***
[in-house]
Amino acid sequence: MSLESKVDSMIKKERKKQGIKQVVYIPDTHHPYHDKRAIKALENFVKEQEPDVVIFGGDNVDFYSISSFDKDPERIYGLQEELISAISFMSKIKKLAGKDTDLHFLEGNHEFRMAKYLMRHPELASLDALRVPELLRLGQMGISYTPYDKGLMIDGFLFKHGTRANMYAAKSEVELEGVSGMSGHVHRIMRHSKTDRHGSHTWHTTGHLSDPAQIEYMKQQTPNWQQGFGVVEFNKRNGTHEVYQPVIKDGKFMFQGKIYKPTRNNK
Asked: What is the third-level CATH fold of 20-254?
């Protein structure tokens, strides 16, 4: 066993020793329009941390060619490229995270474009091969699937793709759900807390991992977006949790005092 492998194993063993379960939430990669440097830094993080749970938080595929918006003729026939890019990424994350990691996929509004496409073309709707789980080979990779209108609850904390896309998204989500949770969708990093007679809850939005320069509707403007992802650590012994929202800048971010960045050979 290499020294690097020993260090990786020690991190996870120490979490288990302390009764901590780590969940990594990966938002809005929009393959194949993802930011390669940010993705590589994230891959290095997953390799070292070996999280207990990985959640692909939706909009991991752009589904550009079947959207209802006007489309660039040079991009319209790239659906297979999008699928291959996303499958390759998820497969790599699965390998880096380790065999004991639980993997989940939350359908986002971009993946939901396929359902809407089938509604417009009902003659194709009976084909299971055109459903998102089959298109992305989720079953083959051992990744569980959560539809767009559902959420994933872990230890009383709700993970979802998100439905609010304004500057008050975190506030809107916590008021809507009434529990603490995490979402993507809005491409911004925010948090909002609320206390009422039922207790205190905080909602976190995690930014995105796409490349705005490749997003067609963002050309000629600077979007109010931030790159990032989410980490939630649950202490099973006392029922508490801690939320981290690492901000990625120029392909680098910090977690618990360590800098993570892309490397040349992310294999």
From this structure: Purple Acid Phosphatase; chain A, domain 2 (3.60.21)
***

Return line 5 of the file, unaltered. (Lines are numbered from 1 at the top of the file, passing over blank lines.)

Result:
From this structure: Purple Acid Phosphatase; chain A, domain 2 (3.60.21)